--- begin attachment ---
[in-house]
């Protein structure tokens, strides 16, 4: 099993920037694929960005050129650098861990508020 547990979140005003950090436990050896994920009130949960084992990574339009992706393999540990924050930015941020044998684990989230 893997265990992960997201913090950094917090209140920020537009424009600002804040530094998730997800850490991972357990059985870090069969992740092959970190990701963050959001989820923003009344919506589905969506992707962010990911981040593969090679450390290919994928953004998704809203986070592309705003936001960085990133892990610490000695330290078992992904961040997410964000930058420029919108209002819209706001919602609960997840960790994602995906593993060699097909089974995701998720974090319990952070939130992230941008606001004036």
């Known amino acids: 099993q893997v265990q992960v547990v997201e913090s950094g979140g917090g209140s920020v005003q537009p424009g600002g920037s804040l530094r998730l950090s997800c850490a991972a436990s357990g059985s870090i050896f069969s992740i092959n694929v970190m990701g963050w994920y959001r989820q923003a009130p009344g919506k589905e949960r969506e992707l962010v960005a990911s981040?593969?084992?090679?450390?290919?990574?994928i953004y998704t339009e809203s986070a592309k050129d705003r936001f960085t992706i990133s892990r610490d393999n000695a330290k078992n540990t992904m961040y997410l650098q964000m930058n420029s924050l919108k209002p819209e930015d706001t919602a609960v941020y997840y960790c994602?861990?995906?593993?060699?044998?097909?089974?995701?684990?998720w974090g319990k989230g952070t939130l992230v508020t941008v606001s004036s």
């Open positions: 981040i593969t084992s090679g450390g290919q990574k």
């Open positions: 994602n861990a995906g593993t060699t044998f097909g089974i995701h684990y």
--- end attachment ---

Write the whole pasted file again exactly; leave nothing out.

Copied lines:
[in-house]
């Protein structure tokens, strides 16, 4: 099993920037694929960005050129650098861990508020 547990979140005003950090436990050896994920009130949960084992990574339009992706393999540990924050930015941020044998684990989230 893997265990992960997201913090950094917090209140920020537009424009600002804040530094998730997800850490991972357990059985870090069969992740092959970190990701963050959001989820923003009344919506589905969506992707962010990911981040593969090679450390290919994928953004998704809203986070592309705003936001960085990133892990610490000695330290078992992904961040997410964000930058420029919108209002819209706001919602609960997840960790994602995906593993060699097909089974995701998720974090319990952070939130992230941008606001004036």
């Known amino acids: 099993q893997v265990q992960v547990v997201e913090s950094g979140g917090g209140s920020v005003q537009p424009g600002g920037s804040l530094r998730l950090s997800c850490a991972a436990s357990g059985s870090i050896f069969s992740i092959n694929v970190m990701g963050w994920y959001r989820q923003a009130p009344g919506k589905e949960r969506e992707l962010v960005a990911s981040?593969?084992?090679?450390?290919?990574?994928i953004y998704t339009e809203s986070a592309k050129d705003r936001f960085t992706i990133s892990r610490d393999n000695a330290k078992n540990t992904m961040y997410l650098q964000m930058n420029s924050l919108k209002p819209e930015d706001t919602a609960v941020y997840y960790c994602?861990?995906?593993?060699?044998?097909?089974?995701?684990?998720w974090g319990k989230g952070t939130l992230v508020t941008v606001s004036s």
């Open positions: 981040i593969t084992s090679g450390g290919q990574k």
């Open positions: 994602n861990a995906g593993t060699t044998f097909g089974i995701h684990y």